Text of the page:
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“Mom, I want a ‘tato,” my sweet toddler started saying after we’d dropped off her big sister at school. The previous few mornings when I’d needed a caffeine fix from the drive-through, I’d found something fairly inexpensive and kid-friendly for my daughter to eat, which seemed to be the hash browns. Of course, you actually got two for a dollar and some change, so guess who ate the second one? Fried potato became the expected treat, sort of the way the chicken sandwich has been the treat of choice for my older daughter.
This is far from the way our family usually eats at home. Yet somehow, we got into the habit of having a reason for consuming fast food every few days. Seemed ironic that we’d buy whole wheat bread and eat leaner, fresher foods at home, yet we’d eat white bread and fried food from the drive-through because that’s what was served. Someone out there could make the argument that you can order salads from the menu. But if we had time to sit at the table and eat a salad, we probably wouldn’t be headed through the drive-through anyway.
Our family succeeded in avoiding fast food restaurants most of the time in the 40-day Lent period leading up to Easter. Yet roughly once every ten days we found reasons to stop. Once, because in the middle of an errand-filled day we ran out of snacks and drinks in the car. Another time because I had to use the wi-fi to post a blog entry. The most encouraging thing for us is that we no longer crave the grease-laden, overprocessed food choices that we had been getting a taste for every few days. My toddler stopped asking for fried potato cakes. I still drink a lot of iced tea, but I consistently brew it now at home. Overall, the girls are satisfied with whole wheat sandwiches and snacks that we take along with us. I think we may be saving a few dollars, too.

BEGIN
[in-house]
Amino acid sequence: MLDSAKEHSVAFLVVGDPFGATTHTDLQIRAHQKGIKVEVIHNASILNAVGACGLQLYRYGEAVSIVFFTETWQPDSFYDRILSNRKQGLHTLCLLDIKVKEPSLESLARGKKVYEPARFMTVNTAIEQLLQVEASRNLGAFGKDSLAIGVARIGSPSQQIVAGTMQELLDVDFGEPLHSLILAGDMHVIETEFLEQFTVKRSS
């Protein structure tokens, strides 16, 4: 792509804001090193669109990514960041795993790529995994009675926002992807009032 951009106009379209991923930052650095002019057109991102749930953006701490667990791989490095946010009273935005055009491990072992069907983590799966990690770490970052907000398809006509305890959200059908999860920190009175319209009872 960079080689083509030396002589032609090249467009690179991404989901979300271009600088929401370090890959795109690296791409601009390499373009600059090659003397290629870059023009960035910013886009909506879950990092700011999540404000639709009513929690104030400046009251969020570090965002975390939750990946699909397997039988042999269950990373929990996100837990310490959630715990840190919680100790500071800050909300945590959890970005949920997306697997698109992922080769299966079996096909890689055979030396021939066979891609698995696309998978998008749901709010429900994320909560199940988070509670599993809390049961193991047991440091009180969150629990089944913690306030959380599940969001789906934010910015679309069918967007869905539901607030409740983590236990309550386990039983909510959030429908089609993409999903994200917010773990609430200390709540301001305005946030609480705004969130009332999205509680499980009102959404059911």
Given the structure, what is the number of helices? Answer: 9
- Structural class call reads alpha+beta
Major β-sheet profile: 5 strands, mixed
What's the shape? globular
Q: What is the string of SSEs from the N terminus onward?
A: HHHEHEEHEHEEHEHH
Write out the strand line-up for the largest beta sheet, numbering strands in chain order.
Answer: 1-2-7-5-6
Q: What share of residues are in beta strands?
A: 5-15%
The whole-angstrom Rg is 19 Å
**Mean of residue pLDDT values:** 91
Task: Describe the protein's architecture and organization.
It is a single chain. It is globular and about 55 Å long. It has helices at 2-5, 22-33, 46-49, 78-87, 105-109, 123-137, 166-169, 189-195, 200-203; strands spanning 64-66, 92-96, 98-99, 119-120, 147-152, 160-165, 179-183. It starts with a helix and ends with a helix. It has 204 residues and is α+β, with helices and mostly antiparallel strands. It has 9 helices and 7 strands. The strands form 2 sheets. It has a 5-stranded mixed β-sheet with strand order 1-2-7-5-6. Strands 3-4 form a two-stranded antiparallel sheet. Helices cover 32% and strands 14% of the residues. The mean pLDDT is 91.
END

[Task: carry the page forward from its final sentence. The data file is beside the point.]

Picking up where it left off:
Still frustrated that our Fast Food Fast hadn’t been entirely successful, I contacted fitness and health expert Duston Morris, PhD. Since our family is somewhat physically active and generally eats well at home, I tried to hint around for his permission to consume some of the tasty “treats.” Like the coach and scholar that he is, Morris laid it out clearly for me, “The American diet is not only adding fuel to the obesity epidemic, it is literally killing us. Because we eat about 70,000 meals in a lifetime, what we put in our body impacts our overall health. Today, most chronic disease and illness can be related to poor dietary choices.” Morris uses the combination of his doctorate degree in health science and his numerous certifications as a fitness trainer to help clients at 3 Sport Fitness and Spring River Wellness Center in the Midwest. He has also partnered to create a fitness curriculum for school-aged children called Alive with Mission Me!
Morris stresses that parents must model good eating habits for their children. He makes it abundantly clear that what kids eat matters, from the very beginning of their lives. He’s not saying we need to count calories or fat grams, but that we need to teach children very early to make good food choices. “The sooner you start kids on a healthy diet, the more likely they are to stick with it when they become older.” Morris says our tastebuds really do start adapting to the kinds of foods we eat at a young age. So, that craving my toddler seemed to be developing for hashbrowns was real.
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